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How To Prepare For 11+ Exams

A parent`s guide to the 11+

Date : 11/06/2022

Author Information

David

Uploaded by : David
Uploaded on : 11/06/2022
Subject : Eleven Plus

How to prepare for 11+ exams

What is the 11+?

The first considerations when preparing students for 11+ (eleven plus) exams is to establish what they are and what it is that they test. The 11+ is a series of exams students sit during their final year at primary school (Year 6) and go a long way to determining which secondary school will be attended as many grammar and private schools are heavily influenced by them when identifying the most academically gifted pupils. There are two exam boards GL and CEM (depending on which part of the country the exams are sat) although both will broadly cover the same four areas English, Maths, Verbal reasoning and Non-verbal reasoning. Despite this consistency 11+ exams are still highly regionalised and particulars of the subjects tested and the timescales involved can vary from region to region so it is crucial that parents are informed on the Local Authority their own child s examinations will be administered by well ahead of time.

How to approach them?

As the 11+ is likely to be the first and most significant set of examinations students will have sat to date they need to focus on the two most significant areas they need to cover in order to be successful, subject knowledge and exam technique. As the English and Maths elements of the exams largely follow the National Curriculum, subject knowledge will already be underway during Year 4 and this will grow increasingly important in the 18 months preceding examinations. The exam technique element should be developed in year 5 through working with practice exam papers and the introduction of ideas such as working under timed conditions and considering question details (such as essay titles) more closely.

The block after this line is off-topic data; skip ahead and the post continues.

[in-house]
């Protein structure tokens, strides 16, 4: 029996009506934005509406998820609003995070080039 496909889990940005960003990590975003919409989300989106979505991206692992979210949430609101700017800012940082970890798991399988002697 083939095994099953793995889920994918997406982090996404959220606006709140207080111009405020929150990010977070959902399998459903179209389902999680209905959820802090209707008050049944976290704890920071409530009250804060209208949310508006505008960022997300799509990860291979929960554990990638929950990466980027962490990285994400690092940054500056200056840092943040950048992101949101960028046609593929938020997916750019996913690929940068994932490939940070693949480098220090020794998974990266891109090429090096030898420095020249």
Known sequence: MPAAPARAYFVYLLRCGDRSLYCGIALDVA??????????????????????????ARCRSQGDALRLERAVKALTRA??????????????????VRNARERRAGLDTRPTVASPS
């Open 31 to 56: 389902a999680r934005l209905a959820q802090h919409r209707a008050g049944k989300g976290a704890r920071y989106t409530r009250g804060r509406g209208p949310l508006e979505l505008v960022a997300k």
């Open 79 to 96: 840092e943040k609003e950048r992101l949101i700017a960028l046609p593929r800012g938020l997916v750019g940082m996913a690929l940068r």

The planning of study

A preparation calendar should be drawn up in Year 5 to ensure the time remaining until exams are sat is maximised. This calendar should consider three key elements:

- The child s strengths and weaknesses.

Being able to identify areas of weakness in a child s learning through testing allows for more resources to be allocated to them in time for a difference to become noticeable by exam day. Schedules will inevitably be squeezed as examinations approach and there will always be unexpected events that can disrupt study plans. Using the time available in the most efficient way possible is of paramount importance.

- Routine revision schedule.

The development and implementation of a revision schedule that is efficient and covers all the learning needs will need to be an early priority. Drawing up such a plan is one part but making it routine is equally important as students retain information more effectively if it is absorbed in regular, manageable chunks as opposed to being crammed in during the final weeks.

- Practice exams.

Practice exams will support the identification of strengths and weaknesses as well as provide crucial insights in how to get over the line on exam day. Examination techniques such as the allocation of time, the style and feel of the questions and proof checking will all be new ground for Year 6 students and the more familiar they become with such processes the more natural it will feel when they finally sit the actual test.

Good habits

In addition to 11+ specific techniques, good all-round habits such as the encouragement of reading will aid children throughout their academic lives as it develops and expands vocabulary. It will especially support them with the type of verbal reasoning questions found in 11+ papers. Lastly, and again more broadly, it is important that learning be fun and not add unnecessary excess pressure. Many students perform better than expected when alone with the examination paper and their natural intuition, the added it s now or never pressure often proves detrimental.

This resource was uploaded by: David